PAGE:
Wormwood (Artemisia judaica, Seraphidium herba-alba) Bedouin name: shiH Status: Not at risk There are two abundant species with dissected leaves that used to be classified as Artemisia, one of which has white-woolly stems and leaves, much thinner leaves and is now separated into the genus Seraphidium. Both are wind- rather than insect-pollinated, and hence they have reduced flowerheads (<3mm) with very prominent anthers so that the pollen can catch the wind. Both are strongly aromatic medicinal plants. The Bedouin make a tea from the stems and leaves, and inhale the vapour to relieve headcolds. White cotton-like balls on the plants are insect galls that the Bedouin use as tinder to start fires. (photo: Gordon Wilkinson St Katherine)

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23. Miscellany This is a miscellaneous set of plants, all common in the high mountains, with woundwort having a rather wider distribution than the other two. Egyptian Woundwort (Stachys aegyptiaca) Bedouin name: gorTom, qorTom Status: Vulnerable Like all its relatives, Stachys has a square stem covered in thin woolly hair; it has a flowering spike of pale pink and white zygomorphic flowers. It is very common in many of the mountain wadis. (photo: Francis Gilbert 2004 Wadi Arbaein)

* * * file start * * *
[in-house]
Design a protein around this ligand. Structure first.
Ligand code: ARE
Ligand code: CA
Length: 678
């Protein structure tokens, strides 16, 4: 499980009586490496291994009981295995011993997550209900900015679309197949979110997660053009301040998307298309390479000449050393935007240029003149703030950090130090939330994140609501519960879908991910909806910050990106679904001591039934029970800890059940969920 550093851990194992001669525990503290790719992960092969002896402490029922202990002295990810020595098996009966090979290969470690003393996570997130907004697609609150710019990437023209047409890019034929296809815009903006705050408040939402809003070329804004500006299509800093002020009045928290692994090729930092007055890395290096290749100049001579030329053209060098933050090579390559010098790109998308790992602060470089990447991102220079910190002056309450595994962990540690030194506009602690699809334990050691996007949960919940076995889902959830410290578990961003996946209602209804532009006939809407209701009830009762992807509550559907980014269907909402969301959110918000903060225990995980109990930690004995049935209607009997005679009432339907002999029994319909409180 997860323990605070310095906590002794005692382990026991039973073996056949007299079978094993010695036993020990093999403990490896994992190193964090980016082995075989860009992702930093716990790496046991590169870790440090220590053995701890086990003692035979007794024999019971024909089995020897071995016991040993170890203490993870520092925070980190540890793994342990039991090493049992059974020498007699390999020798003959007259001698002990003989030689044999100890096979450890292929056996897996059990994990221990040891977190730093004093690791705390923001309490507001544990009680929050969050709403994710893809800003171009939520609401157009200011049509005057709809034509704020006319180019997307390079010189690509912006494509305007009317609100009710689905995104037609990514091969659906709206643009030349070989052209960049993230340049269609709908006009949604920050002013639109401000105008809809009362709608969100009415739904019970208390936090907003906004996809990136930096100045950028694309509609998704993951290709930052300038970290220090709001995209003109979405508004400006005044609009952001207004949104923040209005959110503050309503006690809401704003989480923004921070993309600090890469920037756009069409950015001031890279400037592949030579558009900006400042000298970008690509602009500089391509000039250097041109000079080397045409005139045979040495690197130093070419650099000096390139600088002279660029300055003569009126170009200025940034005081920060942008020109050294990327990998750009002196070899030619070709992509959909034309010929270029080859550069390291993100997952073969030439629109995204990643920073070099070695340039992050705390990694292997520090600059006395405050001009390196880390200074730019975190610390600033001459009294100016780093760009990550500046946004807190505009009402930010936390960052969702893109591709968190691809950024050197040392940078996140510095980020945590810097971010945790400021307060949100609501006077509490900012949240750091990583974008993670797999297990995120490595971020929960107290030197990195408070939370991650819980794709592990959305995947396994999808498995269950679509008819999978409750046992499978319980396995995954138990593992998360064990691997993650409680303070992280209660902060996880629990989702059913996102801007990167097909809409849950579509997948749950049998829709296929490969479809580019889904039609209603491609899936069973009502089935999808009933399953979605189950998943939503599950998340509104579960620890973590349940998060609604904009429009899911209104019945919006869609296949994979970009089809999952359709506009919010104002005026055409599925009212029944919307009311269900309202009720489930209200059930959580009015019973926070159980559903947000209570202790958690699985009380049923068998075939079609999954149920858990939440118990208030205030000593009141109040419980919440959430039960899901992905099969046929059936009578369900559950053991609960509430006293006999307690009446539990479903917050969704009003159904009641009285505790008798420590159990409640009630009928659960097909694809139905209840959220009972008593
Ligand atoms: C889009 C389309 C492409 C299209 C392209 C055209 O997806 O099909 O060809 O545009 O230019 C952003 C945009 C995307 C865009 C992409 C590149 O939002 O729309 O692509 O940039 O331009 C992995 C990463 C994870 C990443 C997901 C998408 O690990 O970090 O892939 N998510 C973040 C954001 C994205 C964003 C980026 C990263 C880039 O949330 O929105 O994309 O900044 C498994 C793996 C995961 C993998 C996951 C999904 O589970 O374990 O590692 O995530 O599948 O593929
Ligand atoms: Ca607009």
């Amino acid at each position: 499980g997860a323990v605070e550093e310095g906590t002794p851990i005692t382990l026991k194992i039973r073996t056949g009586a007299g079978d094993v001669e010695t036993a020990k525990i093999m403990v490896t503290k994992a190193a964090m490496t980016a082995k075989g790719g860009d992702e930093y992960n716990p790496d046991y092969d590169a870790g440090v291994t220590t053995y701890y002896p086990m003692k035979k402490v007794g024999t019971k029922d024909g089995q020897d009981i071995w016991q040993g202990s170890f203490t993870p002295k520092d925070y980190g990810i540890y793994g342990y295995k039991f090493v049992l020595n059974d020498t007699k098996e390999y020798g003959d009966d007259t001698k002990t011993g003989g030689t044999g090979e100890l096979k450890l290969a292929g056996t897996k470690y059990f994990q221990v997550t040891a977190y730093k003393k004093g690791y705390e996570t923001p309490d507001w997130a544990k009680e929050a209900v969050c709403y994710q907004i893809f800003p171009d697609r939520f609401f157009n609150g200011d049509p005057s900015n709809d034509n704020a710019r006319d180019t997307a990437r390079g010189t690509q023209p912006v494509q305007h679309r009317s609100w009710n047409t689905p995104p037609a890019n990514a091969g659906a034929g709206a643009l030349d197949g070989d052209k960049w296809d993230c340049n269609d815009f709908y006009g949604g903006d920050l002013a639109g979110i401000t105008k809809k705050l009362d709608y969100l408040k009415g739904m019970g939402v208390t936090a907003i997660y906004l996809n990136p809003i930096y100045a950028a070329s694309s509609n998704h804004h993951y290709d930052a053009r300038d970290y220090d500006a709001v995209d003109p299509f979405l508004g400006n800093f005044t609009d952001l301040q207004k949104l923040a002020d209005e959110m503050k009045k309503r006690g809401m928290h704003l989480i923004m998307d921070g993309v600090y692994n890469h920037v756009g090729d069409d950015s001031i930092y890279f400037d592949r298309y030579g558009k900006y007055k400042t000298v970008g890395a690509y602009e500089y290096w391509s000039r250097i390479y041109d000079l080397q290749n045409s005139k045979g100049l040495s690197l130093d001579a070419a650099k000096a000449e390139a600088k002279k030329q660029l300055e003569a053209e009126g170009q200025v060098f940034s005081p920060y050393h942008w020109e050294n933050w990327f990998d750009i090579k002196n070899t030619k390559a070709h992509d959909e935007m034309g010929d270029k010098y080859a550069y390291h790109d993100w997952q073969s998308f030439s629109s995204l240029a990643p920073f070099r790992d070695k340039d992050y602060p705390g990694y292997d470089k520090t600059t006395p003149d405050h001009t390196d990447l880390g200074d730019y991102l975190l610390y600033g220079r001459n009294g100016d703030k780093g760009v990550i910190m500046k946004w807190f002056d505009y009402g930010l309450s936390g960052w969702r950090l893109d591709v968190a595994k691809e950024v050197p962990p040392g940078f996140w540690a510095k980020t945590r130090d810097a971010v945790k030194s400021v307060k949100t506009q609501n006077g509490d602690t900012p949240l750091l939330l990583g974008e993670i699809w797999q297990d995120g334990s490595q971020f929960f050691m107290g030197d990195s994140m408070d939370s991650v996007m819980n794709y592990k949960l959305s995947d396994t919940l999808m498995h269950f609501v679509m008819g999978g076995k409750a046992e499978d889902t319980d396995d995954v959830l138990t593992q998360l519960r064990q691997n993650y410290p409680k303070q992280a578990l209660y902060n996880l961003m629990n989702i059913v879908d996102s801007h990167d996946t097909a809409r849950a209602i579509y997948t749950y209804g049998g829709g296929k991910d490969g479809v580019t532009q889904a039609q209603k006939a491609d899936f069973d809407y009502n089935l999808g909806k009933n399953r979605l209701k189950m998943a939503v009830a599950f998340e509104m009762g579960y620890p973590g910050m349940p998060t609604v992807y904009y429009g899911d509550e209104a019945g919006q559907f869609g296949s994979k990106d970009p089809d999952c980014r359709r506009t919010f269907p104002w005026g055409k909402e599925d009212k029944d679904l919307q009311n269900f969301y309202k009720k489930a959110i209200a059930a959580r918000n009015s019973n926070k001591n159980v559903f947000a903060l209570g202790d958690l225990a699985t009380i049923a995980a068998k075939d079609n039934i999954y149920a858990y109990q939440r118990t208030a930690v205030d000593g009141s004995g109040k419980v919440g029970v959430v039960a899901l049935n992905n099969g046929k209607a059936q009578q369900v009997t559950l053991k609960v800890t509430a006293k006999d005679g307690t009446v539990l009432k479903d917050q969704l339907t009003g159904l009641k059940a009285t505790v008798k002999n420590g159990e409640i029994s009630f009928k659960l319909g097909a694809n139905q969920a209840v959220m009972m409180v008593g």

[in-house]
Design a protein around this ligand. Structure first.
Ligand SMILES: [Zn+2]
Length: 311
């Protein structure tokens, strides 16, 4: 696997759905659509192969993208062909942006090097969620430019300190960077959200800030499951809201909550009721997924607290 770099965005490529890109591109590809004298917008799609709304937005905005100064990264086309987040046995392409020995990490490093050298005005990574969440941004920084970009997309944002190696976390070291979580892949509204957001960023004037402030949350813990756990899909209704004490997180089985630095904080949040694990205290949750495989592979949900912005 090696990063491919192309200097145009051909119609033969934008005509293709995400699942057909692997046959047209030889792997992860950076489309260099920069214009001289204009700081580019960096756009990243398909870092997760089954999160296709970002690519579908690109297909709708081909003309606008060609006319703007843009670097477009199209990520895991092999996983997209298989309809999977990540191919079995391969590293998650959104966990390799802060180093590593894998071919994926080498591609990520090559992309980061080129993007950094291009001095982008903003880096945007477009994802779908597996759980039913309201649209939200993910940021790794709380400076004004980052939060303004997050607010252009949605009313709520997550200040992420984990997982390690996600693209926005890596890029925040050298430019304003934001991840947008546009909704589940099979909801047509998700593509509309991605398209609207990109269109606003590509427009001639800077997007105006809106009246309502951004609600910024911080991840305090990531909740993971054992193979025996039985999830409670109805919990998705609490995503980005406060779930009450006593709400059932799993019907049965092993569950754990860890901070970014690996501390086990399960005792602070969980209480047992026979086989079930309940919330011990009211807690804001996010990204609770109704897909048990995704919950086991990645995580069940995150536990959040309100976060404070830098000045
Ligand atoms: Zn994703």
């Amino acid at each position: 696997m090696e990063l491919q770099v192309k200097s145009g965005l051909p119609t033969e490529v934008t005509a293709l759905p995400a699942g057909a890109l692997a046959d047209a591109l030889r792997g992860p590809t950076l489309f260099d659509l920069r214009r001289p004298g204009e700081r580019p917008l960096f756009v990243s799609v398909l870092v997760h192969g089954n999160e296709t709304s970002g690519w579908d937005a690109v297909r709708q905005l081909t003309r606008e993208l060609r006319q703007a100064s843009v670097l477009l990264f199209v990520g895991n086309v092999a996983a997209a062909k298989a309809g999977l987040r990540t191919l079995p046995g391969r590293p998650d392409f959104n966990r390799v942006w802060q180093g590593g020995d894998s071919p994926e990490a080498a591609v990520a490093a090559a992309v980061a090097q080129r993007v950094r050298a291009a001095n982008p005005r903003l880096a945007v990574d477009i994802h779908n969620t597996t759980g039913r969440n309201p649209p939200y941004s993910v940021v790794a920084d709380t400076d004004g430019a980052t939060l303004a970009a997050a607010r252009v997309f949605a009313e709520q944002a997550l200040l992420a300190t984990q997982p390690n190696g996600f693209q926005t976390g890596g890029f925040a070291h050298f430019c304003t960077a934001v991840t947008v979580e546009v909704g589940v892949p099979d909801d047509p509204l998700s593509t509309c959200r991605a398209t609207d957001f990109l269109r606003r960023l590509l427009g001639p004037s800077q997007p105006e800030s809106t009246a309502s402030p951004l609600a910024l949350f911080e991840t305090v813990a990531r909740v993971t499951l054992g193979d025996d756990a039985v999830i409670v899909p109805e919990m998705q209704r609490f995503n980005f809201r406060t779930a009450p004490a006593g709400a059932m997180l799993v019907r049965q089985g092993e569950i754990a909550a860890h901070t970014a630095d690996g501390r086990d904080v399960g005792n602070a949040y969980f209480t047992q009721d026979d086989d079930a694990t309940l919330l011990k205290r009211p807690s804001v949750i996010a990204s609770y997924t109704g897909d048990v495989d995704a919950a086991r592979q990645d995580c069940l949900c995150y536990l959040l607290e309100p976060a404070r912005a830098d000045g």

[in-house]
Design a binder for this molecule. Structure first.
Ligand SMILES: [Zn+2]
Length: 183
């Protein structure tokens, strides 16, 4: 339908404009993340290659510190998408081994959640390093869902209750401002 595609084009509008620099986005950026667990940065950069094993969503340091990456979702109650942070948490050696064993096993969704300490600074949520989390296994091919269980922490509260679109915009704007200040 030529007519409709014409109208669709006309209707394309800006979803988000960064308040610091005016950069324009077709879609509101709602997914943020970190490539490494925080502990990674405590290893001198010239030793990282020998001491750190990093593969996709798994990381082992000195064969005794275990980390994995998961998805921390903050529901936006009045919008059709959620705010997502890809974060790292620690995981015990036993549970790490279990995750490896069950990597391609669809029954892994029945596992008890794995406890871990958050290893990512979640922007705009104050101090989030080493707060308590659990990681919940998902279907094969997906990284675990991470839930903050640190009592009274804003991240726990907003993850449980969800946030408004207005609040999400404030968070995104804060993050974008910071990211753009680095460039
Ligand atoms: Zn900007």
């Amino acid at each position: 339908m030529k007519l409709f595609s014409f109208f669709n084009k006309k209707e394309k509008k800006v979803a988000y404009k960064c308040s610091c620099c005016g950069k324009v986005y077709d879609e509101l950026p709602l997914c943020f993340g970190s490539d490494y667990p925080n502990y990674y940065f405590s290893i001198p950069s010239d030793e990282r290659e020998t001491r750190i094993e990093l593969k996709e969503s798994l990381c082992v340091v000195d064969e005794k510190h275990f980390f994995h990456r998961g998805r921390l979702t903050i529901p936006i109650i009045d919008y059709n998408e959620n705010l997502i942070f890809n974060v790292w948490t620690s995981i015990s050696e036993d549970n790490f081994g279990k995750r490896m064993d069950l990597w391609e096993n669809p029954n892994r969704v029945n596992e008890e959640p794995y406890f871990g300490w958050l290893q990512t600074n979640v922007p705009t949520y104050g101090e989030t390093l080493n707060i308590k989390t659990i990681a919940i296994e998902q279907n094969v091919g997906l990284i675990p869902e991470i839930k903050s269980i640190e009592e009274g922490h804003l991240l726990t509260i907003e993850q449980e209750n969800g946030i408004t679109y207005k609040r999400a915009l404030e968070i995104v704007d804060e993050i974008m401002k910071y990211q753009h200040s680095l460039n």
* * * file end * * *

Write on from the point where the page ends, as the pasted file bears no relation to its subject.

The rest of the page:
Sinai Plantain (Plantago sinaica) Bedouin name: Heweit elbadan Status: Endangered This is the only woody species of its genus in Egypt, and it is a Sinai endemic, found nowhere else in the world. It is very common in Wadi Gebal, but hardly seen anywhere below 1800 m. (photo: Francis Gilbert 2004 Wadi Gebal)

Sinai Spurge (Euphorbia sanctae-catharinae) Bedouin name: wideina Status: Endangered This is a member of a large genus of 41 species in Egypt, with very varied forms¸but all exuding a milky latex when damaged and with a characteristic inflorescence called a cyathium, consisting of a single female flower surrounded by several male flowers. This endemic high-mountain species is more or less prostrate, woody, with hairless fleshy leaves with a grey-green waxy bloom on them. It is common in Wadi Gebal, but not elsewhere.